Need length of cable (wire rope) on the M108 crane

Steel Soldiers is supported by:

ida34

Active member
4,110
2
38
Location
Dexter, MI
I need to replace the cable on the M108 crane. Mine is in rough shape and I am certain it has been shortened. Anyone have an idea of length? Also, what is the best place to get cable? Tractor supply has the right size but it is a fiber core and lifting cable should be not be fiber core.

Thanks
Chuck
 

doghead

4 Star General /Moderator
Staff member
Super Moderator
Steel Soldiers Supporter
26,198
842
113
Location
NY
But the cable at TSC is not what he wants.

Iirc, the correct cable is IPS fiber core and has a 19000 lb rating.



4010-00-274-6816, RRW410, 002746816, 4010002746816 Official Source

4010-00-274-6816 22-R-1365 80244 WIRE ROPE,STEEL: PLOW,GLVD,
FIBER COVER REGULAR LAY,
1/2 IN.DIA,6 X 19 CABLE

(M60,M108) FT 200(length)

This is from the TM,
TM9-2320-209-34P

fwiw, the front winch cable is the same stuff.
 
Last edited:

Recovry4x4

LLM/Member 785
Super Moderator
Steel Soldiers Supporter
33,408
253
83
Location
GA Mountains
Right, wrong or otherwise, here's what I did. Instead of loading the drum, I bought the amount I thought would provide me with everything I wanted to do. I settled on 100'. Having some background in the towing business, I went the the wire rope supplier most widely used in the area and told them I needed 1/2" cable for my crane with a loop swaged in one end. I know it's cable approved for the towing industry and it's not given me a single issue.
 

zebedee

conceptualizer at large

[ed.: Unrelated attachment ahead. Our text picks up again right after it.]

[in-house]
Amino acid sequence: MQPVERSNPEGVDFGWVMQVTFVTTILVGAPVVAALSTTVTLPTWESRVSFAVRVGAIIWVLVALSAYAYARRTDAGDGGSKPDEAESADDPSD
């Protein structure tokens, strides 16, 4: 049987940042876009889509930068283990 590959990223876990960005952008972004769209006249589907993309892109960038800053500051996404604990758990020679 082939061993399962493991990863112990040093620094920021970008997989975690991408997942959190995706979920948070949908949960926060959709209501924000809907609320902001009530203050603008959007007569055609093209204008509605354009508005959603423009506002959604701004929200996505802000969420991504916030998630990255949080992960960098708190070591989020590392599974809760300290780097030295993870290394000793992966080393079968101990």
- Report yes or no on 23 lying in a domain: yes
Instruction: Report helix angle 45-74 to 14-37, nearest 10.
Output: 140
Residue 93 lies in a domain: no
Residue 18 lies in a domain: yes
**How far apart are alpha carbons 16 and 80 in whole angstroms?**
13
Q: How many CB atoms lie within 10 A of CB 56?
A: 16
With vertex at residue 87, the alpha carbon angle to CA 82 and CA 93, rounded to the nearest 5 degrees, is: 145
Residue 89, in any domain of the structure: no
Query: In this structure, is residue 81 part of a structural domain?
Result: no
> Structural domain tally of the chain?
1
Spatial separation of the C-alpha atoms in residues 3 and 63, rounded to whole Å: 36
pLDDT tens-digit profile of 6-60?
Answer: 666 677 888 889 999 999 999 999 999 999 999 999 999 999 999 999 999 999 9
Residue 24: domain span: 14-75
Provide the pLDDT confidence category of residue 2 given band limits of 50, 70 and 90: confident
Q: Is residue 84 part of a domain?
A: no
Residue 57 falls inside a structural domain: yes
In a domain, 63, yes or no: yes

Steel Soldiers Supporter
1,420
121
63
Location
Central NY
Just to clariffy a point here, has anyone ever tried to wind on beyond the single grooved layer? Is there room between boom and jib?

There was another post thread which stated that even "real" cranes (not wreckers) have grooved drums - for the first layer, but then wind on hundreds of feet more. (The length of the lead-in results in only a very slight angle change - never getting enough to stop the lays from getting out of control.)

No one has mentioned either, that the 819 with it's three part boom, requires much more cable to get the hook to the floor at full stretch, full reach and three part line than the 816, 543 etc., only having a two piece boom. Apples and oranges people...

So Ron - does the 819 have a bigger drum than 816 to allow your hook reach the floor yet still only wraps one layer when fully stowed?

"Annoying" schematic below!

NB- I cannot confirm 2 or 3 fall hooks on earlier wreckers
 

Attachments

Last edited:

73m819

Rock = older than dirt , GA. MAFIA , Dirty
Steel Soldiers Supporter
In Memorial
12,212
256
0
Location
gainesville, ga.
The 819 is a DIFFERENT crane then the 816, I have not measured but it must, on mine (819) with the boom all the way out (26') and all the way up, the hook is just a tad off the ground and still have the safety wraps.

For those that want to RESTRING the hoist cable, DONOT use a thicker cable (1/2" is OE), it will NOT fit in the flutes on the drum correctly, will ride over the flutes which in turn will force the follower up, relieving the tension on the drum cable and then may cause a mess when unwrapping for a 3 part rigged hook due to the lite amount of weight on the drum line.

The bad thing about the wrecker hoist cable drums is that the drum sides ARE ONLY one wrap high, if you try for more then ONE wrap, the cable wants to ride up on the drum side and wedge against the curved back, instead of being forced back starting another wrap
 
Last edited:

Stretch44875

Super Jr. Moderator
Super Moderator
Steel Soldiers Supporter